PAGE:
Romantic decor is best with soft touch
By ELIZABETH BETTENDORF Front Porch
Published February 8, 2008
Even if your decorating style leans toward no-nonsense, come Valentine's Day, romantic decor is a look to consider for a change of pace, especially if you're not a fan of modern.
I love the look year-round, especially when done right. Probably the best example I've ever seen was in a vintage 1920s Florida cottage in Dade City, home to a local decorator who combined everything from fatigued leather chairs to needlepoint floral pillows to Sisal area rugs to cherished old books.
The house could handle dogs and teenagers, yet still beckoned visitors to look, touch and take in the history and beauty of the surroundings.
Defining romantic decorating is a little difficult, especially a sophisticated romantic look that's not at all about love or romance, but really about beauty, intimacy, comfort and refinement.
What is it exactly, then?
Clothing designer Jessica McClintock, who wrote Simply Romantic Decorating, Creating Elegance and Intimacy Throughout Your Home Rodale, April 2007 defined it in the way she decorated her 125-year-old Queen Ann Victorian home in San Francisco. The beautiful house is featured prominently in her book, which showcases rooms there.
"I define (romantic decorating) as a classic style, beautifully made, that stands the test of time and can be accessorized to fit changing tastes," McClintock said last week by phone from San Francisco.
"I love a home that offers a soft and cuddly feeling, that's a refuge from the world where I feel protected and comforted."
Romantic decor, she says, is "timeless not trendy, a style that transcends fad and fashion."
She loves the idea of starting out with beige or "anything neutral" and then accessorizing with color.
"It's one of my clues to decorating," she explains. "It's easy and consistent and looks as if it was planned that way. It looks like nature (brought in) from the outside - blue from the sky, green from trees, forest and grass."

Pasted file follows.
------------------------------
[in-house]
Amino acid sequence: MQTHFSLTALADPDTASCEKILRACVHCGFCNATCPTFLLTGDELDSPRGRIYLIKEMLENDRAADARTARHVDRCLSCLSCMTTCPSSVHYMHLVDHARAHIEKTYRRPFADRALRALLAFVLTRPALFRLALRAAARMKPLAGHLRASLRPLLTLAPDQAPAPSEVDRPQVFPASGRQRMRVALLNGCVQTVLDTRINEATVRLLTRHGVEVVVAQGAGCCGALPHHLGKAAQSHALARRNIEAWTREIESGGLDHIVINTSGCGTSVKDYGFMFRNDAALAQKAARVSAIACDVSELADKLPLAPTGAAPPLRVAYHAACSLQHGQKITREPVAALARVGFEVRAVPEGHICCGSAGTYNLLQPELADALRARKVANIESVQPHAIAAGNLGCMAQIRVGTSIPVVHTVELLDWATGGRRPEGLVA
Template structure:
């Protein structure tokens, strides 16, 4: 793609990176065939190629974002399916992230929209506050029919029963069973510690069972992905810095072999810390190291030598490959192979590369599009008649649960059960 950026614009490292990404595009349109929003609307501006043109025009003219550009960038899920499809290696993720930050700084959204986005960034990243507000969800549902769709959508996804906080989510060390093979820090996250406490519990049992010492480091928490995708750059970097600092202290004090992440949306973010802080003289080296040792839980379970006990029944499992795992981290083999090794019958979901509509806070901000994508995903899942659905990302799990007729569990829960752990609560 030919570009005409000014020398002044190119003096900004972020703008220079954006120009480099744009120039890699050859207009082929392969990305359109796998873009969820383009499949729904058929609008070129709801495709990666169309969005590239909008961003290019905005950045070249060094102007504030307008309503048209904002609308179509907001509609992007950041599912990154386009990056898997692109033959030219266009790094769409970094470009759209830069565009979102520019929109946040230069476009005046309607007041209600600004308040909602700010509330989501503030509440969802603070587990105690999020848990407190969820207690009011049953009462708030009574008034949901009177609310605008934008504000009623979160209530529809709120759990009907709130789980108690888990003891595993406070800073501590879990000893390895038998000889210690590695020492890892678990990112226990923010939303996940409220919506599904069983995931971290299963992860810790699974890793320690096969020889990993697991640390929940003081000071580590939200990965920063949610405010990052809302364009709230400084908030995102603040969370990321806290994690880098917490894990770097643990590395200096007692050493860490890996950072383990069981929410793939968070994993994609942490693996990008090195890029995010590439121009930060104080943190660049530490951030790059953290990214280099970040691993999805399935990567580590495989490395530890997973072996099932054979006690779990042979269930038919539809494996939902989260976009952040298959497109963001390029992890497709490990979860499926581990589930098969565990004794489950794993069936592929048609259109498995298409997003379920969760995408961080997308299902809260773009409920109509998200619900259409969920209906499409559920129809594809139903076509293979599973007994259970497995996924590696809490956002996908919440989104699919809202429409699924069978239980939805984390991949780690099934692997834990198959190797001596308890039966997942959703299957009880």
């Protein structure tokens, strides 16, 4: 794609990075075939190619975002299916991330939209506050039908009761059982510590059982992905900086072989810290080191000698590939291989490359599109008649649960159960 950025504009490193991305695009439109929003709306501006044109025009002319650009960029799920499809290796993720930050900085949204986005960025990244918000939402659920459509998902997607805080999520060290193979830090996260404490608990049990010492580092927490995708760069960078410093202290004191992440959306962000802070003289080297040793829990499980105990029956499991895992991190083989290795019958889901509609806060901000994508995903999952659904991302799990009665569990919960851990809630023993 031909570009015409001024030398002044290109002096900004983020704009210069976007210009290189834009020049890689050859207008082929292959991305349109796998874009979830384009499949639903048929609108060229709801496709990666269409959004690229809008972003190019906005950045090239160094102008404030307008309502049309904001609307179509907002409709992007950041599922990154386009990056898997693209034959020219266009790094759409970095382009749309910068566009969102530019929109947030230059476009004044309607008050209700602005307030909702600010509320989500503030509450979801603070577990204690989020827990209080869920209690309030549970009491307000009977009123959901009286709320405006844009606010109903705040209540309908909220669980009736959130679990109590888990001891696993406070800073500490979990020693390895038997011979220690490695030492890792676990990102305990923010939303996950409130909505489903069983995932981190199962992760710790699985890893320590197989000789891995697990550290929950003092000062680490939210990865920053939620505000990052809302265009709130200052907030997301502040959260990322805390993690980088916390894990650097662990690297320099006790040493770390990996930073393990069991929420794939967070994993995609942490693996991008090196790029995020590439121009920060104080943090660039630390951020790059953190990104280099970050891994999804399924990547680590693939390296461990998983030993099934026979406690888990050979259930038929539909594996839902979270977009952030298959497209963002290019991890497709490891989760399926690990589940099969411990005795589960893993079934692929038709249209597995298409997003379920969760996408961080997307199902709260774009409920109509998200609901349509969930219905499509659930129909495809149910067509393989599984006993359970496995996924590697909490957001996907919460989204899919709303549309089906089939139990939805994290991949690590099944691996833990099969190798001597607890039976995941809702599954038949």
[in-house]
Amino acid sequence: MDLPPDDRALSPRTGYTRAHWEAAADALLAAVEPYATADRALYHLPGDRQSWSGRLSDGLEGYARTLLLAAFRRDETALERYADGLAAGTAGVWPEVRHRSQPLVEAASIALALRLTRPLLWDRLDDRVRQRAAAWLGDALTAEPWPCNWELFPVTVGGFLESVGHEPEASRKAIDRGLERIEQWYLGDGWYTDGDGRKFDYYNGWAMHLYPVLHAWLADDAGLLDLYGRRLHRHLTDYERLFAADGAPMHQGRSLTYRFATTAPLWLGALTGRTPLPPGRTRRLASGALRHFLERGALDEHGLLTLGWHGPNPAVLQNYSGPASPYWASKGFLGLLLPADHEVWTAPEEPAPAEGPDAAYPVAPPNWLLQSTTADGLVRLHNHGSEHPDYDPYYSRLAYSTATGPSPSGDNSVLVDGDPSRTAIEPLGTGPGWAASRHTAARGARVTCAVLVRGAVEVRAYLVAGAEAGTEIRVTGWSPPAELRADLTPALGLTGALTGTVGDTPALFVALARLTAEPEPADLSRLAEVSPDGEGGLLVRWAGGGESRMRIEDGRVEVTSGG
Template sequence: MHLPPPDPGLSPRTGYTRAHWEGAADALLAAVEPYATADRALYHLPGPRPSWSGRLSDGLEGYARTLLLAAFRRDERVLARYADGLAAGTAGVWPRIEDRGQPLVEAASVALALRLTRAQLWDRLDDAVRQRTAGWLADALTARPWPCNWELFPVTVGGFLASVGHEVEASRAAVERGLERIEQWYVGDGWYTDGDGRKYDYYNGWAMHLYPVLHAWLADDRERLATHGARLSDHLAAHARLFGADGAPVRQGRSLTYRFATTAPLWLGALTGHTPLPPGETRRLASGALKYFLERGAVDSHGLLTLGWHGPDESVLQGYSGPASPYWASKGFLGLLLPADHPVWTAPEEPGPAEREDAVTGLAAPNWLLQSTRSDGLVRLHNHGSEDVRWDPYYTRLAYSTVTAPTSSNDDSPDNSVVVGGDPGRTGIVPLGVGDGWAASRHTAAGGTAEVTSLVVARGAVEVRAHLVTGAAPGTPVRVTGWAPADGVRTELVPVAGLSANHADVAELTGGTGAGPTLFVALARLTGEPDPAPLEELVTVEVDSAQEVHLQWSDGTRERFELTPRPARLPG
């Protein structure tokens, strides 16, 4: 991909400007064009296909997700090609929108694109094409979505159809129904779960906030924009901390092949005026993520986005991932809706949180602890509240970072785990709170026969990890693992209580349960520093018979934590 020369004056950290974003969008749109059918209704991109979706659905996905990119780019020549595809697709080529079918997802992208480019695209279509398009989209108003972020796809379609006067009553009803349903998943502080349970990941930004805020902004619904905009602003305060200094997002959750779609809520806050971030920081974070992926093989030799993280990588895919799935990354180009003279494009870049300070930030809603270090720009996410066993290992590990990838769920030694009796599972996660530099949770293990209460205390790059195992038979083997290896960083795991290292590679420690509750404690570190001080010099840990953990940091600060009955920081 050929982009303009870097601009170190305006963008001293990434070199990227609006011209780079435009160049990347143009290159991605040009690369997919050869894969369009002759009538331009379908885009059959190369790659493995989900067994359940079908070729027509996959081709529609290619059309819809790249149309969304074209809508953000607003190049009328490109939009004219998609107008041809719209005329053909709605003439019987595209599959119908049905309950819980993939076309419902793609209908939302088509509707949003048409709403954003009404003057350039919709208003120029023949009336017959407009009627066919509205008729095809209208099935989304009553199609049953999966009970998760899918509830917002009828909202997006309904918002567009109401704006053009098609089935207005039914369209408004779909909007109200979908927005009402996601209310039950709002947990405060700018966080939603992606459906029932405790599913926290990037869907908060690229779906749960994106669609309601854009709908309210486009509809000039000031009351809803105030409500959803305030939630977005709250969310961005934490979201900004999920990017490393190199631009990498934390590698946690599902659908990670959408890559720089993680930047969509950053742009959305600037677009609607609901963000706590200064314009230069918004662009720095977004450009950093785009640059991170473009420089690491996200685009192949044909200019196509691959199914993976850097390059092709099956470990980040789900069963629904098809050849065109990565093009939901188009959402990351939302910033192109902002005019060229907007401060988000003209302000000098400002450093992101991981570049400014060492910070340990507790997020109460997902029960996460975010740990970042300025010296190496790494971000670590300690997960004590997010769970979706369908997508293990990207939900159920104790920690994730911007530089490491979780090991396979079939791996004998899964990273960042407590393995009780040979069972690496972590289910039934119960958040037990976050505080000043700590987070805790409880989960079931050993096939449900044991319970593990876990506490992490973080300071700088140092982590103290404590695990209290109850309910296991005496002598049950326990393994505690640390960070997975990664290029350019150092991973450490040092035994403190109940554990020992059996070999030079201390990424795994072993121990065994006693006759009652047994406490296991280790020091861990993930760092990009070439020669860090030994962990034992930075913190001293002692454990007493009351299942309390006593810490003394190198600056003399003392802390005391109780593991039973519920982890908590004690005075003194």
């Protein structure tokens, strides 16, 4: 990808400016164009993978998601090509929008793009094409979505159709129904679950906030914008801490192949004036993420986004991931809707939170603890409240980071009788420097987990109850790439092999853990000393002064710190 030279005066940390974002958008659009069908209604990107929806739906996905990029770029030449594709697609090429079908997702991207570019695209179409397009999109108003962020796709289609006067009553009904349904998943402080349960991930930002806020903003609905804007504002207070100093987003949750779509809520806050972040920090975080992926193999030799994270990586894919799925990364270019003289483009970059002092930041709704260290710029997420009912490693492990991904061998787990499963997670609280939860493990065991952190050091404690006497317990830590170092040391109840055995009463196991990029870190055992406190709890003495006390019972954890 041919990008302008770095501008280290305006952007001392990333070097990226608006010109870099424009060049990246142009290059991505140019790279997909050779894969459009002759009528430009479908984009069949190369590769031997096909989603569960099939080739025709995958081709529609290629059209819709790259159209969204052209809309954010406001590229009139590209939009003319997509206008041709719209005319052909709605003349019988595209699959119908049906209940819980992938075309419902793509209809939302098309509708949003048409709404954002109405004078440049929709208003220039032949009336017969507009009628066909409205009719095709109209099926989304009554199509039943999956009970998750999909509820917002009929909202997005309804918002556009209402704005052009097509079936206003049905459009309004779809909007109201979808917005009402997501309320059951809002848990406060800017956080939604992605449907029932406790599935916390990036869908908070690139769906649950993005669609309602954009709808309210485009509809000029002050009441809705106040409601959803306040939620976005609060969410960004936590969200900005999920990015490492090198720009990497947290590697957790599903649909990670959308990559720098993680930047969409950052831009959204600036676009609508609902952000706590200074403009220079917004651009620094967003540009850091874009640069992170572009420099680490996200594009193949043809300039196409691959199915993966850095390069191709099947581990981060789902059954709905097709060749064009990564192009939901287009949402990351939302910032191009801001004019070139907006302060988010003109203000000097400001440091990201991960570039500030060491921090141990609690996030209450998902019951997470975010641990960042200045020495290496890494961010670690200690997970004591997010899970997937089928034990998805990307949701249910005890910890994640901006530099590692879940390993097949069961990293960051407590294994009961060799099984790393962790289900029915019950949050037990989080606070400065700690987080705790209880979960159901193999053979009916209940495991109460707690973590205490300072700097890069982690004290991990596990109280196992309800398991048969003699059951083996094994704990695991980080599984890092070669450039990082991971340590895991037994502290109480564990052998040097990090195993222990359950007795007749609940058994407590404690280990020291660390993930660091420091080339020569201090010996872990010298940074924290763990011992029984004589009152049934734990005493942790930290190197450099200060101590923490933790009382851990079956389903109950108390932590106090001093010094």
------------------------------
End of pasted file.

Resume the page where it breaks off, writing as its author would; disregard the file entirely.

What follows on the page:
The interior of a romantic home should be derived pretty much from one palette, and accented in different shades.
The HGTV Web site offers a primer on romantic decorating. Tips include:
-Get the look through colors like pale blues, dusty pinks and creamy whites paired with richer taupes. Color schemes can vary in romantic rooms, but soft, muted tones are more conducive to rest and relaxation.
-Furnishings should be feminine. Focus on a few pieces with soft curves, then fill in with some unexpected masculine accents like an overstuffed chair, striped fabric or dark wood accessories.
-Fabrics should be soft and supple. For the most romantic feel, choose silk.
-When choosing accent pieces, highlight a few cherished things you already own.
McClintock loves the romantic life - living with 18th century furnishings, watching the old Merchant-Ivory films ("they inspire me," she says).
She surrounds herself at home with classical music from the time she gets up at 6 a.m. to play with her dogs and eat breakfast until she heads off to her offices in San Francisco.
Remember, romantic decorating isn't just about furniture. It accompanies a certain lifestyle and personality.
McClintock's favorite things?
"Romantic dinners, candlelight everywhere and flowers."
Elizabeth Bettendorf can be reached at firstname.lastname@example.org.
[Last modified February 7, 2008, 07:50:32]
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